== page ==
India-US relations

  • IASbaba
  • August 19, 2022
  • 0
International Relations
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Context: The docking of the USNS Charles Drew, a United States Navy dry cargo ship, for repairs at an Indian facility in Chennai last week, marks an important first in the India-U.S. military relationship.

  • Although bilateral strategic ties have advanced considerably over the past decade, reciprocal repair of military vessels was still a milestone that had not been crossed till now. This is a boost to the Indo-US Strategic Partnership.

Signs of a broader template:

  • During the bilateral 2+2 dialogue held in April this year, the two countries agreed to explore the possibilities of using Indian shipyards for the repair and maintenance of ships of the U.S. Military Sealift Command (MSC).
  • The docking of a U.S. military vessel at an Indian facility has both functional and geopolitical implications.

Functional implication:

  • Functionally, it signals a more efficient leveraging of the Logistics Exchange Memorandum of Agreement (LEMOA) — the military logistics agreement India signed with the U.S. in 2017.
  • Thus far, India-U.S. cooperation under the pact had largely been confined to the exchange of fuel and stores during joint exercises and relief operations.
  • But now India may seek reciprocal access to repair facilities at U.S. bases in Asia and beyond.
  • S. ship’s docking is also a global endorsement of Indian shipbuilding and ship-repair capabilities.
  • INS Vikrant is the country’s first indigenously constructed aircraft carrier and making similar vessels is a boost for ‘Atmanirbhar Bharat’ and ‘Make-in-India’.

Geo-political implication:

  • It signals a consolidation of the India-U.S. partnership, and the QUAD Security Dialogue.
  • Notwithstanding the odd refuelling of foreign warships and aircraft in Indian facilities, India’s military establishment has been wary of any moves that would create the impression of an anti-China alliance.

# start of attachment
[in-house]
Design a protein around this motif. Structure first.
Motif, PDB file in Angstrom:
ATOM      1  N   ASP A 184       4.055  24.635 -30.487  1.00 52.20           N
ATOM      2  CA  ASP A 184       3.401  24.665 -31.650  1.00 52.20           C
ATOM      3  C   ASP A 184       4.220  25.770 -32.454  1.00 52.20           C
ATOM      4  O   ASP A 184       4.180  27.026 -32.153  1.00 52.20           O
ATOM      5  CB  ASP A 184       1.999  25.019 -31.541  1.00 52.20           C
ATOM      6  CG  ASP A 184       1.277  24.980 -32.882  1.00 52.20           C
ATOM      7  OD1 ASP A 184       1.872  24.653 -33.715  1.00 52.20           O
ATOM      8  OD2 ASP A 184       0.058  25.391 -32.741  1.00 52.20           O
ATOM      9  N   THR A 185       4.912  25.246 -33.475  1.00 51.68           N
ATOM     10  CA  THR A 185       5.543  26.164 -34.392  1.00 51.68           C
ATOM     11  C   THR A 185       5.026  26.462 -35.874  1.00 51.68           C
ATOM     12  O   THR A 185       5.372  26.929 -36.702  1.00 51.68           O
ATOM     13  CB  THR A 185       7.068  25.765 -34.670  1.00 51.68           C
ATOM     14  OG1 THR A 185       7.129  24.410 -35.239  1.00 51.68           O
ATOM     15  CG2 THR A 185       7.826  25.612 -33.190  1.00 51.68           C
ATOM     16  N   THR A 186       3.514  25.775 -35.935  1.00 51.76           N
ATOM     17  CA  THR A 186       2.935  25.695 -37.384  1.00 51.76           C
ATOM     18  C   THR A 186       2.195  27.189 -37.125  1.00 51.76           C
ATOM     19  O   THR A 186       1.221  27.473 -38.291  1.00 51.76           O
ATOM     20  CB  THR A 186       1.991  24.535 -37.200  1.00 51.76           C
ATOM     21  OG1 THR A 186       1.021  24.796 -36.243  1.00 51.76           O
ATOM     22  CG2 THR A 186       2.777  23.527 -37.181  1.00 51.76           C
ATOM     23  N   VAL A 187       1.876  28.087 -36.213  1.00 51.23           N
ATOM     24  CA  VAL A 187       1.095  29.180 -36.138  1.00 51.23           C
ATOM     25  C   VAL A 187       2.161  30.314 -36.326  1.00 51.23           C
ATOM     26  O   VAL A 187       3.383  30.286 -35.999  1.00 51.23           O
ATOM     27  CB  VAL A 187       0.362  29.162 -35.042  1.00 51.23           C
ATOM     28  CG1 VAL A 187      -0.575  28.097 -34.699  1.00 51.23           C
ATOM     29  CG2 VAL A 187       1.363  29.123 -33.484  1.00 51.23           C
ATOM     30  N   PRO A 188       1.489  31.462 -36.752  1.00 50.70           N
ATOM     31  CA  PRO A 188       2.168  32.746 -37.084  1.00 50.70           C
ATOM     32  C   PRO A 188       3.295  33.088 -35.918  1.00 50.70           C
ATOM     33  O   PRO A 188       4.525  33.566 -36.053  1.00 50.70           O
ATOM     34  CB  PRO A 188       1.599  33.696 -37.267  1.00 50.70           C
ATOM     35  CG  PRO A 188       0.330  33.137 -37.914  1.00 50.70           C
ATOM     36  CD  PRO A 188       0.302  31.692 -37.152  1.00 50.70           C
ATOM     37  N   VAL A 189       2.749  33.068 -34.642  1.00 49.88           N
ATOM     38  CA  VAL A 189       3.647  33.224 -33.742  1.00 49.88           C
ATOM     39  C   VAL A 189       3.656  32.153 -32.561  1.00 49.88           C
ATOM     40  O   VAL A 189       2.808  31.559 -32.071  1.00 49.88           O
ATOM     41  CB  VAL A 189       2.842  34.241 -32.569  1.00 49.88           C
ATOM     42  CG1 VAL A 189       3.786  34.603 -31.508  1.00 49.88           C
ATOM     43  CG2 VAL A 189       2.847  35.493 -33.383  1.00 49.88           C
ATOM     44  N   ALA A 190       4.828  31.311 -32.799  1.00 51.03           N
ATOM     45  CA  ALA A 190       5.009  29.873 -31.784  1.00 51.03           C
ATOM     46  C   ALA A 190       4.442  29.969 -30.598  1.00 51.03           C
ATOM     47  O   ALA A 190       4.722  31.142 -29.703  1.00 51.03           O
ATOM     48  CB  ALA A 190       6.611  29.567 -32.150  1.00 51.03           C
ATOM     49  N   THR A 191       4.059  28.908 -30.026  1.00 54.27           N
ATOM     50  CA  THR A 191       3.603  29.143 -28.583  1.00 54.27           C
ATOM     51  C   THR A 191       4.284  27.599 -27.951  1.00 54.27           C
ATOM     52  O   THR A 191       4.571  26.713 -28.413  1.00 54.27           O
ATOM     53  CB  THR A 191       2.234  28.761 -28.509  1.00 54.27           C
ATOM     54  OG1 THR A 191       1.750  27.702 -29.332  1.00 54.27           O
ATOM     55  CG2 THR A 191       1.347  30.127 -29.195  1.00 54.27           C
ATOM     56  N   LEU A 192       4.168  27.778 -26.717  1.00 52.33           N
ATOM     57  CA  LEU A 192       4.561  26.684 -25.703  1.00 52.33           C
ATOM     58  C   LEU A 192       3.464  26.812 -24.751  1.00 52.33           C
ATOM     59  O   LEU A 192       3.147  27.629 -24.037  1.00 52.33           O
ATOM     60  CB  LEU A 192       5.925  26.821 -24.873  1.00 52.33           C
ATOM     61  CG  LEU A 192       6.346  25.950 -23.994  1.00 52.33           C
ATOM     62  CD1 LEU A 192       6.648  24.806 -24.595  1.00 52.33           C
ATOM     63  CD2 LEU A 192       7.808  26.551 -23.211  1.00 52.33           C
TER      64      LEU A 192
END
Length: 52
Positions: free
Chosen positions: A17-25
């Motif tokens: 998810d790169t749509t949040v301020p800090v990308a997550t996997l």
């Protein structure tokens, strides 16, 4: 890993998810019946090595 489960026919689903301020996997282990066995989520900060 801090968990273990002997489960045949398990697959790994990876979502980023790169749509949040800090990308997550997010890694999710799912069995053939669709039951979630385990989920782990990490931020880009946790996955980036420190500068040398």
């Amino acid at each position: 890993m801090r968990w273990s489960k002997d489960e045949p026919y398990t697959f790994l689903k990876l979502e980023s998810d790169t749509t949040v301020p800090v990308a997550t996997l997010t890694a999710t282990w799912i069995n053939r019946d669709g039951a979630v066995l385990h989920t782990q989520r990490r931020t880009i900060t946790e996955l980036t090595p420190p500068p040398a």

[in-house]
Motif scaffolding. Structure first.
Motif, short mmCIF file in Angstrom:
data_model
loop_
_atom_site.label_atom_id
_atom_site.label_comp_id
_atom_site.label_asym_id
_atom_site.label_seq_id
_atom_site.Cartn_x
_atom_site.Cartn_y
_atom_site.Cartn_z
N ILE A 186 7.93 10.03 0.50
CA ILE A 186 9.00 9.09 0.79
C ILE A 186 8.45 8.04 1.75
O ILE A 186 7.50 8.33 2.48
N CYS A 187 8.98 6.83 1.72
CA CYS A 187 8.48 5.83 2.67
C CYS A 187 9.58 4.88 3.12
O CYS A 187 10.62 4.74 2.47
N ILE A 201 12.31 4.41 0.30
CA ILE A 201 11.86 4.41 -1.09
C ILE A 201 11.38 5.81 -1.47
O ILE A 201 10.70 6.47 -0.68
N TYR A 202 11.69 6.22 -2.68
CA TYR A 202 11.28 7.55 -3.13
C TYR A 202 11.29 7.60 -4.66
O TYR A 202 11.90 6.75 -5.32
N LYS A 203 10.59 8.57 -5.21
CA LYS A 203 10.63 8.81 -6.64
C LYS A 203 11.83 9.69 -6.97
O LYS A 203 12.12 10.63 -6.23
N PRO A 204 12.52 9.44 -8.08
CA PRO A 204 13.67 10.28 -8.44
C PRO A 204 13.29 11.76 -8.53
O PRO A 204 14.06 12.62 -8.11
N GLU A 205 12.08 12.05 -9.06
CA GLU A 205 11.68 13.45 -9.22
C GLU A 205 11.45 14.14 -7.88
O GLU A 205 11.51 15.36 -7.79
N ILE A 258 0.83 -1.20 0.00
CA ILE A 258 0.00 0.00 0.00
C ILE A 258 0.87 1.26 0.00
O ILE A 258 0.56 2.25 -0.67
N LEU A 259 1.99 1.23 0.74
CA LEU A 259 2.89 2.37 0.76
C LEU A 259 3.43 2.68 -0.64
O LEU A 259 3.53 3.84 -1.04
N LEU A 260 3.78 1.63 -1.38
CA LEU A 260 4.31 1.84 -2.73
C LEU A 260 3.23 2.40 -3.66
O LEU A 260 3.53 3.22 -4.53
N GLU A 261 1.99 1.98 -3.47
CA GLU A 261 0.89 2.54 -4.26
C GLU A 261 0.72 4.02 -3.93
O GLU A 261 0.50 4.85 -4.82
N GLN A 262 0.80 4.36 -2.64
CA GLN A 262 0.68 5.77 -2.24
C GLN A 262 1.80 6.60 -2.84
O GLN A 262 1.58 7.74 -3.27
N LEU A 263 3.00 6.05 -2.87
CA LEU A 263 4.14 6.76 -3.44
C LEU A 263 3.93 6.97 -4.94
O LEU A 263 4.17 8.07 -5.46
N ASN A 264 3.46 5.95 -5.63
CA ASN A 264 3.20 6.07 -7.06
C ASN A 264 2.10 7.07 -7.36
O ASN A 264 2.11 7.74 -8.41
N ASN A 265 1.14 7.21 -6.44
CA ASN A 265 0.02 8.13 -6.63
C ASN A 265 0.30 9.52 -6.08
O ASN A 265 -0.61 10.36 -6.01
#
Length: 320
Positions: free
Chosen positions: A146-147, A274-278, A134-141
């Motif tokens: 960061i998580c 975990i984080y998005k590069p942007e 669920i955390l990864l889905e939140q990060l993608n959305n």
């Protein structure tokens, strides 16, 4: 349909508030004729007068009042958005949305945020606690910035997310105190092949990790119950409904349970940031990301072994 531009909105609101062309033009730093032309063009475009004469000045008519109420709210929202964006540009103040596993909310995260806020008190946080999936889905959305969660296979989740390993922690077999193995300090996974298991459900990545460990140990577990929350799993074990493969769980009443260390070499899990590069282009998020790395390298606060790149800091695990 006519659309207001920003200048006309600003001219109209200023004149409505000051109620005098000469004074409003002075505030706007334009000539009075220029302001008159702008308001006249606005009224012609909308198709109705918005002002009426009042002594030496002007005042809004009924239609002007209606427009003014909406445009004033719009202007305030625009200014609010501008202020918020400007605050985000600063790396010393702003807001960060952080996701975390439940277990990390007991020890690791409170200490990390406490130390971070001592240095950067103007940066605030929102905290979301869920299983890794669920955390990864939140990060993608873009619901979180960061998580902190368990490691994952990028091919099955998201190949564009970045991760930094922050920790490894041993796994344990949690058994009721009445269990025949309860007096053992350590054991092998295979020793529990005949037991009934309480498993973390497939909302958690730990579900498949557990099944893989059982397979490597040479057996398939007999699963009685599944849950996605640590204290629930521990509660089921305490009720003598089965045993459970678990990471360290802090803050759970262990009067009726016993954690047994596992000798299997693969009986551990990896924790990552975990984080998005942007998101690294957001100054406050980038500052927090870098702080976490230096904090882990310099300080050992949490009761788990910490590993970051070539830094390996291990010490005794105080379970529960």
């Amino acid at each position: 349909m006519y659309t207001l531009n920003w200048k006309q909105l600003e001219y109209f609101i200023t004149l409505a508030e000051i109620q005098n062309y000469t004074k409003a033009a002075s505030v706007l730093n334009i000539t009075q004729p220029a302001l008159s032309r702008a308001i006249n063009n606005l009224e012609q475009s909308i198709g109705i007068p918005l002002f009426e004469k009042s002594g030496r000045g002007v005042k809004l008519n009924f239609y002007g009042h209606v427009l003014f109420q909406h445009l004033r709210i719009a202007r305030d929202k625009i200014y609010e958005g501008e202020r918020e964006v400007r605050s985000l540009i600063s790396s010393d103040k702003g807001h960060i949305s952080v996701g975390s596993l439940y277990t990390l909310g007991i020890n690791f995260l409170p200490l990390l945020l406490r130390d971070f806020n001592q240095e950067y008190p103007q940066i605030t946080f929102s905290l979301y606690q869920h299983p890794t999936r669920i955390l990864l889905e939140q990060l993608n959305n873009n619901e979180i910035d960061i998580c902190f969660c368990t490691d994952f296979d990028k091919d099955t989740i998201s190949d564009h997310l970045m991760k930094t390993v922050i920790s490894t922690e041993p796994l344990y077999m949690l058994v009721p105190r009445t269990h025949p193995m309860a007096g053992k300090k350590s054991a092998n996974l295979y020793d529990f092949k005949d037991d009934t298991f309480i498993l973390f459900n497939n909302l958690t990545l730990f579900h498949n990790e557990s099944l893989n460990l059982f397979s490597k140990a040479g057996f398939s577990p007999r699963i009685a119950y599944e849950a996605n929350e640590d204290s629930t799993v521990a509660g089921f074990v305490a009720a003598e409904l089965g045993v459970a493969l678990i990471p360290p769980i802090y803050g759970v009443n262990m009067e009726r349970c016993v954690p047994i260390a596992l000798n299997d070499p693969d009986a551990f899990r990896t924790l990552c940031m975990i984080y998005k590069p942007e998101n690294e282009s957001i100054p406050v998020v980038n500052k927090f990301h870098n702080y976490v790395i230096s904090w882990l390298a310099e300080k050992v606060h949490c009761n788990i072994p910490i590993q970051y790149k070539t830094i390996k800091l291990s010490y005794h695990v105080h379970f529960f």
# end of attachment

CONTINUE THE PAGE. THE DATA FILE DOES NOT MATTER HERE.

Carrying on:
• Yet, Indian decision makers evidently are willing to be more ambitious with the India-U.S. strategic relationship.
  • New Delhi’s decision to open repair facilities for the U.S. military suggests greater Indian readiness to accommodate the maritime interests of India’s Quad partners.
  • North Atlantic Treaty Organization (NATO) has been readying to play a more active security role in the Indo- Pacific (IP) region.
  • New Delhi’ s offer of repair services for U.S. military vessels could kickstart a process that would culminate in India opening its naval bases for friendly foreign warships.

Limited in scope now:

  • The reality is that the India-U.S. relationship is still some way from crossing a critical threshold.
  • The agreement with India for the repair of U.S. military vessels is limited to cargo ships.
  • S. decision makers are unlikely to seek Indian facilities for repair and replenishment of U.S. destroyers and frigates soon until New Delhi is clear about the need for strategic cooperation with the U.S. Navy.

By many accounts, then, the India-U.S. maritime relationship remains a work in progress. There has doubtless been some movement ahead, but it is far from clear whether navy-to-navy ties are headed towards a wide-ranging and comprehensive partnership in the Indian Ocean littorals.

India, while increasing strategic cooperation for national interests, should not abandon its ‘Strategic Autonomy’ stance which allows it more flexibility and options in the fields of external affairs and defence.

Source: The Hindu


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